Using Data to Help ELLs Succeed Requires Partnerships, Persistence, Report Argues
Illinois' use of English-language-learner data as an "emerging bright spot" for states looking to better serve and understand the growing, but often misunderstood, student population, according to a report from a Washington-based think tank.
In the new report, New America examines how the state's effort to use longitudinal data could serve as a model for other states seeking guidance on how to accurately evaluate the academic growth and needs of their English-language learners. New America also praises Illinois' partnership with the Latino Policy Forum, a Chicago-based advocacy group that advises state on English-learner issues.
While touting the work already underway, the think tank encourages educators in Illinois—which is home to the nation's fifth-largest ELL population—to push further and use data to explore how factors such as poverty, homelessness, and student mobility affect the academic performance of English-learners.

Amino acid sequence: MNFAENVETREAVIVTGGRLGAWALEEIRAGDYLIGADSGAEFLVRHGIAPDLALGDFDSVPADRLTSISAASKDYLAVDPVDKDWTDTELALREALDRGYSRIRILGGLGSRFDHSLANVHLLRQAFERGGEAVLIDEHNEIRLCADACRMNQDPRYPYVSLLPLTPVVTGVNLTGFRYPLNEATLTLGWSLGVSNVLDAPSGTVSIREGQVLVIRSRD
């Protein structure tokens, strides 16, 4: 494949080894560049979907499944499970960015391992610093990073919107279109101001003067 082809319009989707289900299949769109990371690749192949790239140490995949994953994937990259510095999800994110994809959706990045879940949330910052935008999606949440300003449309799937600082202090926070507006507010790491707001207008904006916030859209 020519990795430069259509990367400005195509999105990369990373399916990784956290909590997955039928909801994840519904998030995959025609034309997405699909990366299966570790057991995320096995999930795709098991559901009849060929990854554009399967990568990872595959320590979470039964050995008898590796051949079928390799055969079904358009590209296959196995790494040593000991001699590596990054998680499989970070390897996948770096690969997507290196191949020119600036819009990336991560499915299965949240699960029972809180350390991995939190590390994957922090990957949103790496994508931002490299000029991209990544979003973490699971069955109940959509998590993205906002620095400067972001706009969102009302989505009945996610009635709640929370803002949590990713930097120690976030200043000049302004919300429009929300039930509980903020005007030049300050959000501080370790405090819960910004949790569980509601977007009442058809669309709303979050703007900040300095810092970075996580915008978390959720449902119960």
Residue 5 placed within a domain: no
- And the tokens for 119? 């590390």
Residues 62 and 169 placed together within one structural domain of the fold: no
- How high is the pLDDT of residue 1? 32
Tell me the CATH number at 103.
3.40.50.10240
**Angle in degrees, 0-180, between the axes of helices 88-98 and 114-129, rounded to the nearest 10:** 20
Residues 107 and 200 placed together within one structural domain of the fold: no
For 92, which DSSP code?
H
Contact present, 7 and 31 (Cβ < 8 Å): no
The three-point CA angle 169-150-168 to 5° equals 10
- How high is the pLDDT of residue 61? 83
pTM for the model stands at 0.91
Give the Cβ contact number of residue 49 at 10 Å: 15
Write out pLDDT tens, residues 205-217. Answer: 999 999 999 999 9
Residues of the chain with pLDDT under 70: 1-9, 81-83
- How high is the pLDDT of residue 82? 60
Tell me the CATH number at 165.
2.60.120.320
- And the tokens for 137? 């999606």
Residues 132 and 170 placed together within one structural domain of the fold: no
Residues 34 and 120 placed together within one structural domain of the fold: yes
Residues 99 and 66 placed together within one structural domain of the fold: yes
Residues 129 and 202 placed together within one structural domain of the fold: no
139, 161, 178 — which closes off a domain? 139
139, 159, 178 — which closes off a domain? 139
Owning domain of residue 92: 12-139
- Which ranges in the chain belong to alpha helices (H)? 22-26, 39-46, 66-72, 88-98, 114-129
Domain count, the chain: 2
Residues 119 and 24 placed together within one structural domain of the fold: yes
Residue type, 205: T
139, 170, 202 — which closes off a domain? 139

The report, Rethinking English Learner Data: Illinois' Plans Under the Every Student Succeeds Act, is the latest in a series of studies from New America that aims to bring clarity to the complicated process of understanding and using data about English-language learners.
The think tank released two reports in August, including one that established a five-point framework to help policymakers and educators understand how ELLs reach English proficiency and what factors guide that development.
The other study explored Oregon's efforts to use data to connect with families, replicate successful programs, and ensure more ELLs have access to early learning programs.
The series of reports offers guidance for educators and advocates in search of new ways to use ELL data to drive student success.
Under the Every Student Succeeds Act, states must provide a clearer picture to the public about how English-learners are doing in schools, including keeping a closer eye on their English-proficiency progress and academic achievement.
Assessing how well states are doing the job is no easy task. In September, the Migration Policy Institute's National Center on Immigrant Integration Policy assembled a brief that highlights 33 questions educators and advocates should ask to evaluate state ESSA plans to determine if they meet the law's requirements for English-language-learner students.
Here's a look at the New America report: